Food Business News - Sep 28, 2010 - (Page 1)

September 28, 2010 FOODBUSINESS NEWS NEWS, MARKETS AND ANALYSIS FOR THE FOOD PROCESSING INDUSTRY Food safety legislation in limbo WASHINGTON - Owners of Wright County Egg and Hillandale Farms, the two Iowa egg farms connected to the recent outbreak of Salmonella enteritidis, were lambasted during a House subcommittee hearing on Sept. 22. But the outbreak that sickened more than 1,600 persons and resulted in the recall of more than a half-billion eggs failed to move the Senate to pass its food safety bill before Congress was scheduled to recess for the midterm elections. Austin DeCoster, owner of Wright County Egg, and his son, Peter, who manages the Wright County Egg business, and Orland Bethel, president, Hillandale Farms of Iowa, were roundly criticized Continued on Page 24 Story on Page 28 INSIDE Wheyy into the mainstream main Not long ago people who worked to promote dairy ingredients worried about whey. They knew whey, a byproduct of cheese making, was an excellent protein source, but they worried consumers would not accept it. What little consumers new of the ingredient stemmed from references in nursery rhymes and perhaps its use as a component of animal feed. Fast forward a few years and athletes have grown aware of the types and Continued on Page 33 Fall rain slows Midwest harvest Waning U.S. corn yields, Canadian freeze add to world grain concerns KANSAS CITY - In August it was Russia's ban on grain exports that sent prices, mainly wheat futures, soaring. In September it appears to be falling U.S. corn yields, with harvest hampered by excessive moisture in the Midwest, and a freeze across much of Canada's Prairie Provinces that have stimulated prices. Last week's markets also were boosted by dryness in some South American soybean growing areas and a freeze in parts of China's corn growing region, added to the well-established severe drought across parts of the former Soviet Union. Europe has had problems, as well, ranging from too wet to too dry, and dryness in Australia was threatening what was forecast to be the largest wheat crop in five years. While not the severity of 2008 when low stock levels and global weather issues sent grain and oilseed prices to record highs, the numerous and widespread adversities certainly have spurred global demand for U.S. supply. Domestic and global weather concerns pushed corn futures prices to near or above $5 a bu through September 2011 and soybeans to near or above $11 for the same period. Wheat futures were mostly in the mid-$7 a bu and above range. All were at levels few in the trade were expecting just a couple of months ago. Corn and soybean values were especially surprising given prices traditionally succumb to harvest pressure in September, and record large Continued on Page 23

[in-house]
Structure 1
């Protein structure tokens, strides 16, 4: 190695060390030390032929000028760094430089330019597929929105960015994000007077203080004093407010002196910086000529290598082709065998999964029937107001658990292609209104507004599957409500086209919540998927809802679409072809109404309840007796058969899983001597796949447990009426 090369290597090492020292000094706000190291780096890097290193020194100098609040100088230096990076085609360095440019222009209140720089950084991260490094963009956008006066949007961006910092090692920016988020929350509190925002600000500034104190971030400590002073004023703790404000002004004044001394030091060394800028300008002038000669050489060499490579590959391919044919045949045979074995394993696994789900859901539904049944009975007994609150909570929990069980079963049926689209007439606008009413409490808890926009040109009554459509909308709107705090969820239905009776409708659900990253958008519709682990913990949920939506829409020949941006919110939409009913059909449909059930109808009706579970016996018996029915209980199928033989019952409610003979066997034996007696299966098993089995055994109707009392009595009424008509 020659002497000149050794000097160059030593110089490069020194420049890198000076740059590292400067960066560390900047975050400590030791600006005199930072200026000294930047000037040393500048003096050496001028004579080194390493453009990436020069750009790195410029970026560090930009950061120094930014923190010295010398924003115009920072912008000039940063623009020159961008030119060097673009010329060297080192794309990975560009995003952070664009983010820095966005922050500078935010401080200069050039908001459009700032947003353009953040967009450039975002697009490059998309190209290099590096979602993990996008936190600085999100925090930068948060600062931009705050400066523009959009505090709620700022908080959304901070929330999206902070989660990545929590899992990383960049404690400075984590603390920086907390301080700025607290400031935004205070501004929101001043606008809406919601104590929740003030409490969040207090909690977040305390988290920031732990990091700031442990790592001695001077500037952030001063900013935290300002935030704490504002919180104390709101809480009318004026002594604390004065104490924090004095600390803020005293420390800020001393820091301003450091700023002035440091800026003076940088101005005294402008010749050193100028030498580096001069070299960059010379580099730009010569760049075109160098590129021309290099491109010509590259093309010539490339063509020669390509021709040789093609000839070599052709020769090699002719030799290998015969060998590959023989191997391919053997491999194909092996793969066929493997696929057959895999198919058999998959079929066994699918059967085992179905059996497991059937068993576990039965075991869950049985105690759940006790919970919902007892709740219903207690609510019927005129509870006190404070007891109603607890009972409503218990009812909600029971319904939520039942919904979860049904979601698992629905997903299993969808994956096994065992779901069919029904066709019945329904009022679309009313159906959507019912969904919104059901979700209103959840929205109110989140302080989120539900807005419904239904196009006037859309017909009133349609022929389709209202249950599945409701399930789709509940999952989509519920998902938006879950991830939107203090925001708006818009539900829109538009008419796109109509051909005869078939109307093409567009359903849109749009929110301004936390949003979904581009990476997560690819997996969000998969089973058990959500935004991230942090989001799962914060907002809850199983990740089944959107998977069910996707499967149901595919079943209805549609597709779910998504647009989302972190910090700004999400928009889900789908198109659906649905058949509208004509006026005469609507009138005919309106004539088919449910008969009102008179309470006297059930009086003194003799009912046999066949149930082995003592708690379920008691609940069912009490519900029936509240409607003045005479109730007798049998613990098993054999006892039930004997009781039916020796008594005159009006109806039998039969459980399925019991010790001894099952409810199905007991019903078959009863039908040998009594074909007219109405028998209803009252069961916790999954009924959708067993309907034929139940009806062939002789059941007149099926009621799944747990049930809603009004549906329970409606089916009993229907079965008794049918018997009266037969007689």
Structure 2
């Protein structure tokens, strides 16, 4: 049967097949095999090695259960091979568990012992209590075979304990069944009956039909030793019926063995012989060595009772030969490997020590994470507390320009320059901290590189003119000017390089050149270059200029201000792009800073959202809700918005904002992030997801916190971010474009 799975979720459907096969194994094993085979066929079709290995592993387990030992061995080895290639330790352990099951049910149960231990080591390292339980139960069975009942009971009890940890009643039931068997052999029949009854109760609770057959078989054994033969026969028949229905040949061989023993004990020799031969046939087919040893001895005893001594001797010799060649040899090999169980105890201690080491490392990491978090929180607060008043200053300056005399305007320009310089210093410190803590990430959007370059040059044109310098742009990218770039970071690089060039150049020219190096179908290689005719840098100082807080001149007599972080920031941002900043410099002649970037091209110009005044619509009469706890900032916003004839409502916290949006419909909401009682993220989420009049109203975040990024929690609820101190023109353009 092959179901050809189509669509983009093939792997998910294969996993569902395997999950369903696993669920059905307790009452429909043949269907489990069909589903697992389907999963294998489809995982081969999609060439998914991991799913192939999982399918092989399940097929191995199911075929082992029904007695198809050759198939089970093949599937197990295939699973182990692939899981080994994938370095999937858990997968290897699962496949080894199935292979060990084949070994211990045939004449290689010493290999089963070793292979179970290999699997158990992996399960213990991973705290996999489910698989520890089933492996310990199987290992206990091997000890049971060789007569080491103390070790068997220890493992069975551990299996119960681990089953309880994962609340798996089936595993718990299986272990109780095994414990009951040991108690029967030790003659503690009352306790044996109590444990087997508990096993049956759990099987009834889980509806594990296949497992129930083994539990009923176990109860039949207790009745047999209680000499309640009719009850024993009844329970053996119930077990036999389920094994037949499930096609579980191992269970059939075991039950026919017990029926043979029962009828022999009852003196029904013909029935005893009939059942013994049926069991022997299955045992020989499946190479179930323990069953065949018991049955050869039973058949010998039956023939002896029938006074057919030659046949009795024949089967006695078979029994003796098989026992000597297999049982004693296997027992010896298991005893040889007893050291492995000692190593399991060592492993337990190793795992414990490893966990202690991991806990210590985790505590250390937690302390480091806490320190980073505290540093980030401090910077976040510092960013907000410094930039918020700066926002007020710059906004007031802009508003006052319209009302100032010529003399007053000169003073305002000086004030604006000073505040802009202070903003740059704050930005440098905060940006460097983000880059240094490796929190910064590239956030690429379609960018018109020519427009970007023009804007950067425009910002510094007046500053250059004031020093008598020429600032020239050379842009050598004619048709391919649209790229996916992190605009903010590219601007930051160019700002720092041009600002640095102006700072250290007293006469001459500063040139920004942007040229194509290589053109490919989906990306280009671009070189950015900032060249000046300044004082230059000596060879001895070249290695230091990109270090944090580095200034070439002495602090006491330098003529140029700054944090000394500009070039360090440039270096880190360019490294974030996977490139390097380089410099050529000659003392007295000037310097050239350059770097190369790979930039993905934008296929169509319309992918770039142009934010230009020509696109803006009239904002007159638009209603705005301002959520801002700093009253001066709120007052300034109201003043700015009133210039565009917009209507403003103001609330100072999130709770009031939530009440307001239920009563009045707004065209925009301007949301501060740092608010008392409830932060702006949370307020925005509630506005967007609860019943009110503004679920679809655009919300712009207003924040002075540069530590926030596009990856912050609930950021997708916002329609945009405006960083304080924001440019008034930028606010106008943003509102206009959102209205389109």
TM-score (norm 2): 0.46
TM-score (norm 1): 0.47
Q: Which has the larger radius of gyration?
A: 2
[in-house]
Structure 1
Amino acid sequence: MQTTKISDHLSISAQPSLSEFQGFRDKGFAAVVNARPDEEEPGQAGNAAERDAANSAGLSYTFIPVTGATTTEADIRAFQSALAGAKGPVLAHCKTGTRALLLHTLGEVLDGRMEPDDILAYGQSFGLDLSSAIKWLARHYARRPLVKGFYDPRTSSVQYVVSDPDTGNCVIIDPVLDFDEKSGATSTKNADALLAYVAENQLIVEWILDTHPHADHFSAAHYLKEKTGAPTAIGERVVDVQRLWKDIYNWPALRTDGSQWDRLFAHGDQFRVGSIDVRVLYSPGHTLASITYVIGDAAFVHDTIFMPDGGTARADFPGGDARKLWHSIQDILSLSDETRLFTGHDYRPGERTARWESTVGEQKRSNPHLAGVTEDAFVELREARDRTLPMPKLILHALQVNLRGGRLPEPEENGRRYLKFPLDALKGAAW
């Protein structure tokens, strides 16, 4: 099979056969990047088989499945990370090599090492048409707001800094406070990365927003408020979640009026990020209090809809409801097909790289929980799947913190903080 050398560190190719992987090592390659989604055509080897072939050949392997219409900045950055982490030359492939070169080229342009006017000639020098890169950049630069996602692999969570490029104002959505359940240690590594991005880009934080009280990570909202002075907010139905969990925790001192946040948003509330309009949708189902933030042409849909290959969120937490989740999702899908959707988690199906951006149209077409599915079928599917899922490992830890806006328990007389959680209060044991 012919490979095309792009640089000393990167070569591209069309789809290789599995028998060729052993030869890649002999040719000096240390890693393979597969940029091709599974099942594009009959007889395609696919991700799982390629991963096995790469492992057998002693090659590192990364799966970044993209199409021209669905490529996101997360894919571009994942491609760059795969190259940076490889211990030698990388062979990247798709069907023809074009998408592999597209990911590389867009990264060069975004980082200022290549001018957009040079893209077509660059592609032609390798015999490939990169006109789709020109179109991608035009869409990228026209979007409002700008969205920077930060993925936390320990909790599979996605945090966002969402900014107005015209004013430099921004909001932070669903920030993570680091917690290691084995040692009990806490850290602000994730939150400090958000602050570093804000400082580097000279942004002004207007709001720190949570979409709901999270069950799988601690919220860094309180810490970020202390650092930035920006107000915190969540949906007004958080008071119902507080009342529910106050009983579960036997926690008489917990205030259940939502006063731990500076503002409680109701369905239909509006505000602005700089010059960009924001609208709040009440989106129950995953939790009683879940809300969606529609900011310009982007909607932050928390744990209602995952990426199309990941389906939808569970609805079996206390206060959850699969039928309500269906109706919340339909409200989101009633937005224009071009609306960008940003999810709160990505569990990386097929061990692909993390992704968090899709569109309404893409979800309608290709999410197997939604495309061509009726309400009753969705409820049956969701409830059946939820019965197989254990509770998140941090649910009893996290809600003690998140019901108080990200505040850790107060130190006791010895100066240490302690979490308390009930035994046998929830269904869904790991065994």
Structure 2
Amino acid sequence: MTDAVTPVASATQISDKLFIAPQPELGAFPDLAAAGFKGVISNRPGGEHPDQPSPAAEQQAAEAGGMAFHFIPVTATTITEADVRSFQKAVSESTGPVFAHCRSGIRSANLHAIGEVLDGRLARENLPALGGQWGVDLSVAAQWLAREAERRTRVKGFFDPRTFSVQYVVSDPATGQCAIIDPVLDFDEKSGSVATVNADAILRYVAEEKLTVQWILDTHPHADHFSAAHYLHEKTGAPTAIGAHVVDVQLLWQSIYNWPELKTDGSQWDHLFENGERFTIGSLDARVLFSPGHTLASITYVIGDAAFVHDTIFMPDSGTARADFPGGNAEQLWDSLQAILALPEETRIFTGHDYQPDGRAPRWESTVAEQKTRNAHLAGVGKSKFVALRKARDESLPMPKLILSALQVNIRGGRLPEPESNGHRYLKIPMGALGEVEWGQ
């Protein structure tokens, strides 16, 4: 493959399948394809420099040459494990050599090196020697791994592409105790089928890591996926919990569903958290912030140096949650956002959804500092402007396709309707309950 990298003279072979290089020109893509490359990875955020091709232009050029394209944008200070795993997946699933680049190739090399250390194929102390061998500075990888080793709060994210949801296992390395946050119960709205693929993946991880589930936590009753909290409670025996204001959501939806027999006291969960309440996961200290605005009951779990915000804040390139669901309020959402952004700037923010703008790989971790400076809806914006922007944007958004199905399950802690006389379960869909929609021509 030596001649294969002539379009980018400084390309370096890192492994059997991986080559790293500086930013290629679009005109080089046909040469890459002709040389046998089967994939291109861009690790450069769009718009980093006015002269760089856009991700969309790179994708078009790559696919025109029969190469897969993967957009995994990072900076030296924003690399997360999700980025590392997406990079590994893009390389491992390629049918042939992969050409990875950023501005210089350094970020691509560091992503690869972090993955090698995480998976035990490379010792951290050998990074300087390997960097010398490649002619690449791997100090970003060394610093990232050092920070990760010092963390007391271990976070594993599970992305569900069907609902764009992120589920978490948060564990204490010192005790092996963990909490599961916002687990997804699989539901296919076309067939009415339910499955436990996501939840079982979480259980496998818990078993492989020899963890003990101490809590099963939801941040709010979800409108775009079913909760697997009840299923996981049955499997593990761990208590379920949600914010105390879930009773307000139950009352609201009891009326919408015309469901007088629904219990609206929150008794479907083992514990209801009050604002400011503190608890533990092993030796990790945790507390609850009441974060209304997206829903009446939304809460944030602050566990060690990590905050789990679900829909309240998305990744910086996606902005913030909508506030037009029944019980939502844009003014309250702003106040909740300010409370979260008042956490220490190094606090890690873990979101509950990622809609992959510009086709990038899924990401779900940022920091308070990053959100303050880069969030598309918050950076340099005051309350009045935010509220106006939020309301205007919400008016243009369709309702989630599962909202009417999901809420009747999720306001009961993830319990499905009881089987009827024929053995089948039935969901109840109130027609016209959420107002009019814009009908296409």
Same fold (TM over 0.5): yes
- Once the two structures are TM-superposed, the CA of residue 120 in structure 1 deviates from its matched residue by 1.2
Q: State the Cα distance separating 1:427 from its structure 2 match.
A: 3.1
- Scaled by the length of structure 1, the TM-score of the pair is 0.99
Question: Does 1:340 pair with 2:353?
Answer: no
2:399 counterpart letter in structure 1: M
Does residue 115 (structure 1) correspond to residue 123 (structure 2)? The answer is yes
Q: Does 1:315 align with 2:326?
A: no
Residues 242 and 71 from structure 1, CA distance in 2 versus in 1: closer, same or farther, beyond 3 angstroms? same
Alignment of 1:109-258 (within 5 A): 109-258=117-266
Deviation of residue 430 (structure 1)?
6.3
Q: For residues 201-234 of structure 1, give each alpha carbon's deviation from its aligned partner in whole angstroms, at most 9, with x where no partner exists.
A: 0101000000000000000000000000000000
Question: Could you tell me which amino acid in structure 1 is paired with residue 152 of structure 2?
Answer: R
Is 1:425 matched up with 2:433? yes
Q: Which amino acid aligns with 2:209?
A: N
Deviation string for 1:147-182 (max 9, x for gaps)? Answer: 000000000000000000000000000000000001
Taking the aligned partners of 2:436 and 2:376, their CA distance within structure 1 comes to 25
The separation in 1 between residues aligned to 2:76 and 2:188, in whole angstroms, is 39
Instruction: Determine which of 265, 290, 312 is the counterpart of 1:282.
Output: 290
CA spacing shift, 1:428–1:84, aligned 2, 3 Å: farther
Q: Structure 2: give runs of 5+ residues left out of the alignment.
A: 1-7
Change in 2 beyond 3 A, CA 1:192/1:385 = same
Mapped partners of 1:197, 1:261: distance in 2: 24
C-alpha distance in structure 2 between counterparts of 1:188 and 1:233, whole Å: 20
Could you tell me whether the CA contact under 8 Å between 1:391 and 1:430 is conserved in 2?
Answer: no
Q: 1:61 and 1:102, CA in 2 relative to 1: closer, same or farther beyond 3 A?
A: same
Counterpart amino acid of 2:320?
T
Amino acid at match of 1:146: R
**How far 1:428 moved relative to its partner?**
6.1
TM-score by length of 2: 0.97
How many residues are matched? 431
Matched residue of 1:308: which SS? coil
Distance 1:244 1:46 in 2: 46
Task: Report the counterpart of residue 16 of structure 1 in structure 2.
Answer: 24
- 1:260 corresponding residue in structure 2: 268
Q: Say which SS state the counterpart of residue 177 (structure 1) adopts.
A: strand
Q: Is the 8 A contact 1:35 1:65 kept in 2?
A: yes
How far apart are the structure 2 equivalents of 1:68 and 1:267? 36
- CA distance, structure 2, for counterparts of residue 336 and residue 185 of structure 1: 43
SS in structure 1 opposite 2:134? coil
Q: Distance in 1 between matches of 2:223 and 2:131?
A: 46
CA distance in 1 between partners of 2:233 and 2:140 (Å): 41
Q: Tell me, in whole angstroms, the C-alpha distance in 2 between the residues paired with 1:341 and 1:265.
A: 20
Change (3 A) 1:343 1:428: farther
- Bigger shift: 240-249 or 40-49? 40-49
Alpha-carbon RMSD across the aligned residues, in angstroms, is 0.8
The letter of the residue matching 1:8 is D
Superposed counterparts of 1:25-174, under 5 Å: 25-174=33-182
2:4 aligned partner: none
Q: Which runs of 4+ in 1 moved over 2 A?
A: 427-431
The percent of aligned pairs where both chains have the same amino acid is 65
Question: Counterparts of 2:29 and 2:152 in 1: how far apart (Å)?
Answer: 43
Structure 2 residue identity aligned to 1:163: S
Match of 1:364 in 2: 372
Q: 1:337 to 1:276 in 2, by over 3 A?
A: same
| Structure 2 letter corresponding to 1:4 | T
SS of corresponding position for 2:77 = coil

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Food Business News - Sep 28, 2010